Besides being one of the most compelling storylines in the original Survivors TV series, it also shows what it is like to live without the implicit assurance of a public health system, and faith in an ambulance being available. In fact, it is mostly about the moral bonds between people, as opposed to the mercenary behaviour that characters under pressure can resort to. Indeed, the callous Anne is actually a complex character: when she was alone she very much needed Vic, but once he became a liability that was it, eventually. Yet, in the TV programme, it was actually Greg that made it clear he was leaving them alone.

Anyway this is all about injuries and the expectation of others, either as family or as health professionals. While Vic broke both legs in the fictional version, in real life, two months ago, I broke both arms when falling off a bicycle. Well, strictly speaking, a fractured wrist on one side; and on the other, broken ribs and a fractured clavicle (collar bone). This is a very common form of injury in road cycling, as seen in races on TV, but professional cyclists have doctors on hand immediately and then go off to hospital. It turns out that this does not happen in the New Zealand public health system anymore.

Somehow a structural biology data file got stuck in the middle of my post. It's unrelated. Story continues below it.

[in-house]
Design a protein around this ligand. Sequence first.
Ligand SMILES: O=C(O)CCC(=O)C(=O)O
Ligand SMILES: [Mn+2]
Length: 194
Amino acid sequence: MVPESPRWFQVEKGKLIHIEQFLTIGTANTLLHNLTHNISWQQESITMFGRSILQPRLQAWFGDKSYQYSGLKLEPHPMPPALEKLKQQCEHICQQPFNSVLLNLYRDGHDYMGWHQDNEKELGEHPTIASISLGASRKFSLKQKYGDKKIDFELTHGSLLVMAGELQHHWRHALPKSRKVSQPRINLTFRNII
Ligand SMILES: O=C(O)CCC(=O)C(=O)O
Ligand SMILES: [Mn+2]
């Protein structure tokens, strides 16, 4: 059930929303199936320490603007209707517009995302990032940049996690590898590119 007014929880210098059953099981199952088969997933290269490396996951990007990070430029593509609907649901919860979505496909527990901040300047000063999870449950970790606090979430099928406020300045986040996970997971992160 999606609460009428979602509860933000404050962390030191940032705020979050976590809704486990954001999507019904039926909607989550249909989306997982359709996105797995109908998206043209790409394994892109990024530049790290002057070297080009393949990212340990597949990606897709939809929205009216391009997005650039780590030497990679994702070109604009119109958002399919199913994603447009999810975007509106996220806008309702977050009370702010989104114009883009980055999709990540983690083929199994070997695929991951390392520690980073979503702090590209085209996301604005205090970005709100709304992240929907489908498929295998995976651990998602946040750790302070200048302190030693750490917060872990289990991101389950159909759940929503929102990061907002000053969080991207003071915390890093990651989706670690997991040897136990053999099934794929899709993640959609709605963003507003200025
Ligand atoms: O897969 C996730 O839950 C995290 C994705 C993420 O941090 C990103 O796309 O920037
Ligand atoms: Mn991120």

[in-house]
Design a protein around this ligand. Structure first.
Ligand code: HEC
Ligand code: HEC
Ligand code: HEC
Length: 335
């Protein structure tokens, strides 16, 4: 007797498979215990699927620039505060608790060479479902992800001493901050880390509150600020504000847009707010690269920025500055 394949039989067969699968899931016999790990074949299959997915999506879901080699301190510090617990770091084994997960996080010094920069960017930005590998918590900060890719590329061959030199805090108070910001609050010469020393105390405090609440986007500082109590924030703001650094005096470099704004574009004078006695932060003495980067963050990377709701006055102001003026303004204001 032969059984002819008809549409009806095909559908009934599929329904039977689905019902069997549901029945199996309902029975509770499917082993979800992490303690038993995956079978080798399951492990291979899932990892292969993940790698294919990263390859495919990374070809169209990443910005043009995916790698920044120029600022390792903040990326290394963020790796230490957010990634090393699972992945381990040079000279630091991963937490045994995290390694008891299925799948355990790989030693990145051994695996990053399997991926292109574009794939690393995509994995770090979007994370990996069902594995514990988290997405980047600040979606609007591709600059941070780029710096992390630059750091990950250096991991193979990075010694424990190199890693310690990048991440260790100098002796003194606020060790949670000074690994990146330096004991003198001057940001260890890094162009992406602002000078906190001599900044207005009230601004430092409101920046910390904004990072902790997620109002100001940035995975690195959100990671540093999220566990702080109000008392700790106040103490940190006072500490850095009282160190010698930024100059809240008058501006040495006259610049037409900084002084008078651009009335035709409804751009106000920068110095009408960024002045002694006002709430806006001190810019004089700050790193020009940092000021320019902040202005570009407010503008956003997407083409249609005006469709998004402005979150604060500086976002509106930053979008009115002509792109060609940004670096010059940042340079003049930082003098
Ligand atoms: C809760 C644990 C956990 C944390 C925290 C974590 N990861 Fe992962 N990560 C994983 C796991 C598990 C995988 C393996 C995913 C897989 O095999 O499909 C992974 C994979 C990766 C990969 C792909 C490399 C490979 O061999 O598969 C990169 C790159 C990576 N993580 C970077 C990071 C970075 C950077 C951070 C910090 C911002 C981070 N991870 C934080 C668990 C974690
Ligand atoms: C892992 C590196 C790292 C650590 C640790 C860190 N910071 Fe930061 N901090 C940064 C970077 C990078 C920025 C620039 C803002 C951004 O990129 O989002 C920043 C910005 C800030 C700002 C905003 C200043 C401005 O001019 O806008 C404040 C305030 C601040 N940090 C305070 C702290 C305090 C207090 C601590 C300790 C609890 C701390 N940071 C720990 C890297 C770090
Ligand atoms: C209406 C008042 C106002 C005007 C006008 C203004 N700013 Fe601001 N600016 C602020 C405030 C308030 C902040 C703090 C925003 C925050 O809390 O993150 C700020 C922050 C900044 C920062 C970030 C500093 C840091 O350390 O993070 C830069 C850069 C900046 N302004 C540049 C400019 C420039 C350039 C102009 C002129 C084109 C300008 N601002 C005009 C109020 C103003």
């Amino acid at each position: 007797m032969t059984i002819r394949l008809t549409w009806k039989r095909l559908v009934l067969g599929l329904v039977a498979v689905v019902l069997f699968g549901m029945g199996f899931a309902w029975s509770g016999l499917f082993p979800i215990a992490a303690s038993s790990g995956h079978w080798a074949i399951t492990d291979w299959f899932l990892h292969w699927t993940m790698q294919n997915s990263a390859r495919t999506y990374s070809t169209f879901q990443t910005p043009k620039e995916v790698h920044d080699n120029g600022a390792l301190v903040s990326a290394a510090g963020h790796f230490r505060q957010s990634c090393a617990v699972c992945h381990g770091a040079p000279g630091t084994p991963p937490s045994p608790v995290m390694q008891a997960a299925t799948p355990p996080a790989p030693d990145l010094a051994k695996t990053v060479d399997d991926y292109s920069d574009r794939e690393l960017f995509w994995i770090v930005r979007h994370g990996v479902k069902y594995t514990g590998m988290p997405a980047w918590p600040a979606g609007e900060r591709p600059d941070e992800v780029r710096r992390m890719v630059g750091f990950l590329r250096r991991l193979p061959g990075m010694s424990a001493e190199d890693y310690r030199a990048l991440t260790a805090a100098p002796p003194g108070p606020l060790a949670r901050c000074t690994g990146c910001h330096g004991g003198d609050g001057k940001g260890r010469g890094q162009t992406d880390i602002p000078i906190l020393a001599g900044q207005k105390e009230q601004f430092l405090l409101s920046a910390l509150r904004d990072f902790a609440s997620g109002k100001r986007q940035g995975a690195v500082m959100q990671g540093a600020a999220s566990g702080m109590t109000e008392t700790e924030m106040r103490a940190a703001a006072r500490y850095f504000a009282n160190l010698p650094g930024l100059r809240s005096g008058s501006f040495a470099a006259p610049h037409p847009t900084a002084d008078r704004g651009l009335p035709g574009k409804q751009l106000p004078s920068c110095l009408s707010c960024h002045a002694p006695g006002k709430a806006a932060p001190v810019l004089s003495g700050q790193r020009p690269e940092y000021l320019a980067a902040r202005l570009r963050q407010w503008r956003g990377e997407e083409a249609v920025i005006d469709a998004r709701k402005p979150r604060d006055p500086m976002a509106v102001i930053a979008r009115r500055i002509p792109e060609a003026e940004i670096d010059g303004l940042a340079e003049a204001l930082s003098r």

So I had the accident on an early Sunday afternoon. A motorist had stopped and called for an ambulance. I did not hear the conversation, but I gathered that it was not serious enough to send an ambulance, especially since a hospital is some distance away, in another city. Then another stranger took me to a local medical clinic, that masquerades as the local emergency centre. Anyone who has had a broken collar bone will know how painful it is, especially to take off clothing. I was at the medical clinic all afternoon, but, while it was not busy, it took hours to get X-rays taken. By then the pills they gave me had worn off, so no morphine from this clinic. They had to cut me out of some garments, and then I had a makeshift sling for my broken collar bone arm, and a makeshift cast for my right forearm. It was actually two bits of some old packaging, or so it seemed, stuck together, and pressed close up to my fingers so that I was barely able to use my hand. I was meant to go into the hospital later the next day.

But that never happened. On the next day I was in pain early in the morning, unable to change out of my lycra shorts, and had cold feet. I tried for the ambulance again to take me to the ED in the nearest city. They did send an ambulance this time, but when they got there the paramedics refused to offer any treatment. They also wouldn’t give me any pain relief, and claimed they didn’t have any, an obvious lie. I was lectured about the need to wear loose clothing, rather than lycra, and had to beg for help to change into other clothing, and get some socks on. They then told me to get a taxi back to same clinic again.